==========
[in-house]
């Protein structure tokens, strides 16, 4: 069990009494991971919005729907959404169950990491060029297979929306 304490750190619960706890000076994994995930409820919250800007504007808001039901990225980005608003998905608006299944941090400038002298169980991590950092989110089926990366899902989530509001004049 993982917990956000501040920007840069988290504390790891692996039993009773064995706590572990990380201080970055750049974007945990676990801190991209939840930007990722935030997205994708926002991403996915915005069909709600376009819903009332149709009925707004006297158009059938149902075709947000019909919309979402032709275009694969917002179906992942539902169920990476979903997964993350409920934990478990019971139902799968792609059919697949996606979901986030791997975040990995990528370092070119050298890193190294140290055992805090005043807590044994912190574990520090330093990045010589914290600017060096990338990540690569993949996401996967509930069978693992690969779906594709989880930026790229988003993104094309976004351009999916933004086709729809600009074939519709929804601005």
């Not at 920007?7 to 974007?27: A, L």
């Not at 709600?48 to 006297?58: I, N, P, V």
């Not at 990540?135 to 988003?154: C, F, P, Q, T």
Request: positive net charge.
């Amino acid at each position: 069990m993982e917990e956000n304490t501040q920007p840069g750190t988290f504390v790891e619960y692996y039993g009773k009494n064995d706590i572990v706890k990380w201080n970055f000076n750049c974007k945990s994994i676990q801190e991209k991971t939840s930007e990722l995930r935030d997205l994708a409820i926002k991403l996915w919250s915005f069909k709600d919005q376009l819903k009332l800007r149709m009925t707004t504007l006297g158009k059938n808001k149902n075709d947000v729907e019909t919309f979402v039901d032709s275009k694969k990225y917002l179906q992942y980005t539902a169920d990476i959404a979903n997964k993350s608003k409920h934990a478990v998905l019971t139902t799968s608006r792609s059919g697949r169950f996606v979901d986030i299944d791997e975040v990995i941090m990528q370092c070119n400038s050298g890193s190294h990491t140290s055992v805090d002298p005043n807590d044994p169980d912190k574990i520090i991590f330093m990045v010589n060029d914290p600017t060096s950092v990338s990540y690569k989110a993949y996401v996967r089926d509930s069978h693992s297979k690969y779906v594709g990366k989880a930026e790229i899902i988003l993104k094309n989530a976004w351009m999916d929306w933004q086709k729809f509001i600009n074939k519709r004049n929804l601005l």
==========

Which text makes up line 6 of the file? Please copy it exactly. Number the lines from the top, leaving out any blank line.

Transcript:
Request: positive net charge.